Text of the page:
§. AFTER Penn had become proprietary of Pennsylvania, he purchased of the Duke of York, in 1682, all his right and interest in the territory, afterwards called the Three Lower Counties of Delaware, extending from the south boundary of the Province, and situated on the western side of the river and bay of Delaware to Cape Henlopen, beyond or south of Lewistown; and the three counties took the names of NewCastle, Kent, and Sussex.1 At this time they were inhabited principally by Dutch and Swedes; and seem to have constituted an appendage to the government of New-York.2
§ 127. In the same year, with the consent of the people, an act of union with the province of Pennsylvania was passed, and an act of settlement of the frame of government in a general assembly, composed of deputies from the counties of Delaware and Pennsylvania.3 By this act the three counties were, under the name of the territories, annexed to the province; and were to be represented in the General Assembly, governed by the same laws, and to enjoy the same privileges as the inhabitants of Pennsylvania.4 Difficulties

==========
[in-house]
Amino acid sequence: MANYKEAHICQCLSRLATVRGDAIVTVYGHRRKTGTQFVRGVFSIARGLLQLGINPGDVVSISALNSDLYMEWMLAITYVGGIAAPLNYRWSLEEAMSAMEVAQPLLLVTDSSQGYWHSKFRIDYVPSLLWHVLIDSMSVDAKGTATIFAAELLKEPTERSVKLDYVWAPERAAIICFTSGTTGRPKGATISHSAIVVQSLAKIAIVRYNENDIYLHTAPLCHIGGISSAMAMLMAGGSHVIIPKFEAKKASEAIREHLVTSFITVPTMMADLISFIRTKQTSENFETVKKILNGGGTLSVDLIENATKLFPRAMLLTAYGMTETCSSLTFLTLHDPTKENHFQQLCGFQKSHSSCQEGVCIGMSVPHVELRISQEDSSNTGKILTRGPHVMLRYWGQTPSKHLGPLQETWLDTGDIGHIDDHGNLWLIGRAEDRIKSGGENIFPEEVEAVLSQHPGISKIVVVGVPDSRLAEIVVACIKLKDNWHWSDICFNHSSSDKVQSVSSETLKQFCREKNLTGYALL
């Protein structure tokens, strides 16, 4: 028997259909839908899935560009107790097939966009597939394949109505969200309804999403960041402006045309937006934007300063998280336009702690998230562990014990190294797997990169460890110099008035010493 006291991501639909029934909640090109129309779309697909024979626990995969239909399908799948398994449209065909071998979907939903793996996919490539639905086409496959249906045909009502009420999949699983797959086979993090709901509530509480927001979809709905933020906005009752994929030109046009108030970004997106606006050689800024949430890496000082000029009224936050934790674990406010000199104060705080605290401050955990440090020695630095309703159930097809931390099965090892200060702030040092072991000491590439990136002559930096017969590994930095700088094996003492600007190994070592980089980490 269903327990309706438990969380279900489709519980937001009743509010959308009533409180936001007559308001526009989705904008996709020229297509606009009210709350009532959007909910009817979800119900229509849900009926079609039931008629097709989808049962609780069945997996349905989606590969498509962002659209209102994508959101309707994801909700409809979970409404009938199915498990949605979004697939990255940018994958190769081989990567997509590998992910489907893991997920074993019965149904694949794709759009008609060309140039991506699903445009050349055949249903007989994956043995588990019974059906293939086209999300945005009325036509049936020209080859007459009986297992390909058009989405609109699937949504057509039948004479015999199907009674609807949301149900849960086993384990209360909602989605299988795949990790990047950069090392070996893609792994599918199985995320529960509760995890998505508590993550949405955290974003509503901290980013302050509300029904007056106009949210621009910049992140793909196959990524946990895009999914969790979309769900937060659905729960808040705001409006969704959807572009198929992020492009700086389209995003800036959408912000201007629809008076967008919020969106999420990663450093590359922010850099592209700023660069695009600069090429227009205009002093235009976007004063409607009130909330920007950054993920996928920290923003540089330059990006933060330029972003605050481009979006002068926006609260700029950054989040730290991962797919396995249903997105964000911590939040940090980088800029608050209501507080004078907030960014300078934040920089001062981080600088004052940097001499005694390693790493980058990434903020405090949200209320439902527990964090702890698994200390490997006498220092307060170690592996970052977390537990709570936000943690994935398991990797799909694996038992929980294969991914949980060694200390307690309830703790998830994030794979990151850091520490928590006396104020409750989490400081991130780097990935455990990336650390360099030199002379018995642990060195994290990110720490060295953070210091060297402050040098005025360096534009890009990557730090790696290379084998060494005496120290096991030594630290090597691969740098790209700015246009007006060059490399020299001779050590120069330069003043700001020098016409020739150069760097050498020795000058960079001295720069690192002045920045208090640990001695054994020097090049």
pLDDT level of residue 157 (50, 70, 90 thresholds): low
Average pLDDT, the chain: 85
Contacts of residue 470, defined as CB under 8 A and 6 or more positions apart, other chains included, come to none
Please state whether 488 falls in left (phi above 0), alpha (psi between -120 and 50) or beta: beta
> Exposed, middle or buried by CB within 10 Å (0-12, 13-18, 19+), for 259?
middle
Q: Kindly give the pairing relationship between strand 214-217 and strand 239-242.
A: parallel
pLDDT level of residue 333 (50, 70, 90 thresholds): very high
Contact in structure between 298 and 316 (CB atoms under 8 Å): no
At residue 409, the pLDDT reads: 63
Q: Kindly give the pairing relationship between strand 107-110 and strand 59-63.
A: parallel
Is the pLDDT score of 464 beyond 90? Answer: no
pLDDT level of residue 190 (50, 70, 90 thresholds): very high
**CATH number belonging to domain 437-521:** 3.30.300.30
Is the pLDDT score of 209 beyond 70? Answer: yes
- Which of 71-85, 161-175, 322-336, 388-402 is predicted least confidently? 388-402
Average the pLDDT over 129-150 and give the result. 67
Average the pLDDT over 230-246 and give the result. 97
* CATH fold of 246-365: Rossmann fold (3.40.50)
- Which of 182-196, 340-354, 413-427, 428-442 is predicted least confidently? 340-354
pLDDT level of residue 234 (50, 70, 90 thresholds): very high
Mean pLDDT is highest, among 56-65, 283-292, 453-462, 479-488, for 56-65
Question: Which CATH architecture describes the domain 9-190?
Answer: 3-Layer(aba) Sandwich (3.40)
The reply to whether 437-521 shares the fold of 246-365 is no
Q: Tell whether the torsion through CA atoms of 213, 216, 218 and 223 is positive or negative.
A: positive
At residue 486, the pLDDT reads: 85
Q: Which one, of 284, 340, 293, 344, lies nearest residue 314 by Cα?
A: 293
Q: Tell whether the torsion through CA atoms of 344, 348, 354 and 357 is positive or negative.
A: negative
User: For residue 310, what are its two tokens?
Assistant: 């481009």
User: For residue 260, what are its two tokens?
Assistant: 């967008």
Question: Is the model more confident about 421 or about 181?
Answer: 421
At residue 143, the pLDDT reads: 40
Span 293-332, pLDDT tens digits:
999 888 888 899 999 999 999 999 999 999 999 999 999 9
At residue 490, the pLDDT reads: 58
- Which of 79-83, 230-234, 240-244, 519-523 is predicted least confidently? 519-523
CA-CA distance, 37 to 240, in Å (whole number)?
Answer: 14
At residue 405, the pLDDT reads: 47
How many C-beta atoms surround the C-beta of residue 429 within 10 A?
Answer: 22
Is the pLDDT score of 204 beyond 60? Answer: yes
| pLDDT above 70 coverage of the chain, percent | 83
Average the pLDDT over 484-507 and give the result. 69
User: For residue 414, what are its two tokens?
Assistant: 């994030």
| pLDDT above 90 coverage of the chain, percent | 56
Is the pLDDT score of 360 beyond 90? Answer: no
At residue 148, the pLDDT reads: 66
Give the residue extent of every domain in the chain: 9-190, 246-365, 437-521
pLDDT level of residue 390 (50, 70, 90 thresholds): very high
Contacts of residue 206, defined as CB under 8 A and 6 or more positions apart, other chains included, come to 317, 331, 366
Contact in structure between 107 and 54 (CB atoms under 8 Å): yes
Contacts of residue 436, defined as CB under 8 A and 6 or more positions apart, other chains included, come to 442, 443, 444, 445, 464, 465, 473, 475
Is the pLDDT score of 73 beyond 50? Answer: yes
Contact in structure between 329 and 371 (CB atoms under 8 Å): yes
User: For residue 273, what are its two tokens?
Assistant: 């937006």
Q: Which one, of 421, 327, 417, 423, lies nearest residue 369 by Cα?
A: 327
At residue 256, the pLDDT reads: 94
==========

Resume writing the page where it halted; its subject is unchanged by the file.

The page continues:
1 1 Proud. Penn. 201, 202; 1 Chalm. Annals, 643; 2 Doug. Summ. 297, &c.
2 1 Chalm. Annals, 631, 632, 633, 634, 643; I Holmes's Annals, 295, 404;
I Pitk. Hist. 21, 26, 27; 2 Doug Summ. 2 .
3 1 Proud. Penn. 206; 1 Holmes's Annals, 404; I Chalm. Annals, 645, 646. 4 1 Chalm. Annals, 646; 1 Dall. Penn. Laws, App. 24, 26; 2 Colden's Five Nations, App.
soon afterwards arose between the deputies of the Province and those of the Territories; and after various subordinate arrangements, a final separation took place between them, with the consent of the proprietary, in 1703. From that period down to the American Revolution, the territories were governed by a separate legislature of their own, pursuant to the liberty reserved to them by a clause in the original charter or frame of government.1
1 1 Proud. Penn. 358, 454; 1 Holmes's Annals, 404, note; 2 Doug. Summ.